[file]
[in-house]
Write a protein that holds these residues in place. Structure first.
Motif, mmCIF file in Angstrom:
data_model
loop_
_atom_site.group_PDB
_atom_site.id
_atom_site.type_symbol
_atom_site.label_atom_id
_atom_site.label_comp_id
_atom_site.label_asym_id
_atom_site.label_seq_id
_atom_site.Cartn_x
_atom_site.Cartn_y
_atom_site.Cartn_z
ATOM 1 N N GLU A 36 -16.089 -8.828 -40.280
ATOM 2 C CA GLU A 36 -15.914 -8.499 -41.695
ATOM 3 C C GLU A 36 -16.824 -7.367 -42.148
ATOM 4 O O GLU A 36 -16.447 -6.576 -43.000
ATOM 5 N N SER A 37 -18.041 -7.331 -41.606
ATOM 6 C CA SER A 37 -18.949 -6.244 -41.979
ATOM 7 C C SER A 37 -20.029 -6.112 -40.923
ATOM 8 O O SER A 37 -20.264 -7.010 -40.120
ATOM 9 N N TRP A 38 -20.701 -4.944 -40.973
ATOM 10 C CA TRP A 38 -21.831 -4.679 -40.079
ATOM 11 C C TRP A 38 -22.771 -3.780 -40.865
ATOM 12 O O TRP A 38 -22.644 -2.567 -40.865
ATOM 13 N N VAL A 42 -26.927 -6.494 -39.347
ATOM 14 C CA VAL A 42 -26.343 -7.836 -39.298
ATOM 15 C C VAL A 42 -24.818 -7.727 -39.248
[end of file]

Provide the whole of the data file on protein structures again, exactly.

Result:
[in-house]
Write a protein that holds these residues in place. Structure first.
Motif, mmCIF file in Angstrom:
data_model
loop_
_atom_site.group_PDB
_atom_site.id
_atom_site.type_symbol
_atom_site.label_atom_id
_atom_site.label_comp_id
_atom_site.label_asym_id
_atom_site.label_seq_id
_atom_site.Cartn_x
_atom_site.Cartn_y
_atom_site.Cartn_z
ATOM 1 N N GLU A 36 -16.089 -8.828 -40.280
ATOM 2 C CA GLU A 36 -15.914 -8.499 -41.695
ATOM 3 C C GLU A 36 -16.824 -7.367 -42.148
ATOM 4 O O GLU A 36 -16.447 -6.576 -43.000
ATOM 5 N N SER A 37 -18.041 -7.331 -41.606
ATOM 6 C CA SER A 37 -18.949 -6.244 -41.979
ATOM 7 C C SER A 37 -20.029 -6.112 -40.923
ATOM 8 O O SER A 37 -20.264 -7.010 -40.120
ATOM 9 N N TRP A 38 -20.701 -4.944 -40.973
ATOM 10 C CA TRP A 38 -21.831 -4.679 -40.079
ATOM 11 C C TRP A 38 -22.771 -3.780 -40.865
ATOM 12 O O TRP A 38 -22.644 -2.567 -40.865
ATOM 13 N N VAL A 42 -26.927 -6.494 -39.347
ATOM 14 C CA VAL A 42 -26.343 -7.836 -39.298
ATOM 15 C C VAL A 42 -24.818 -7.727 -39.248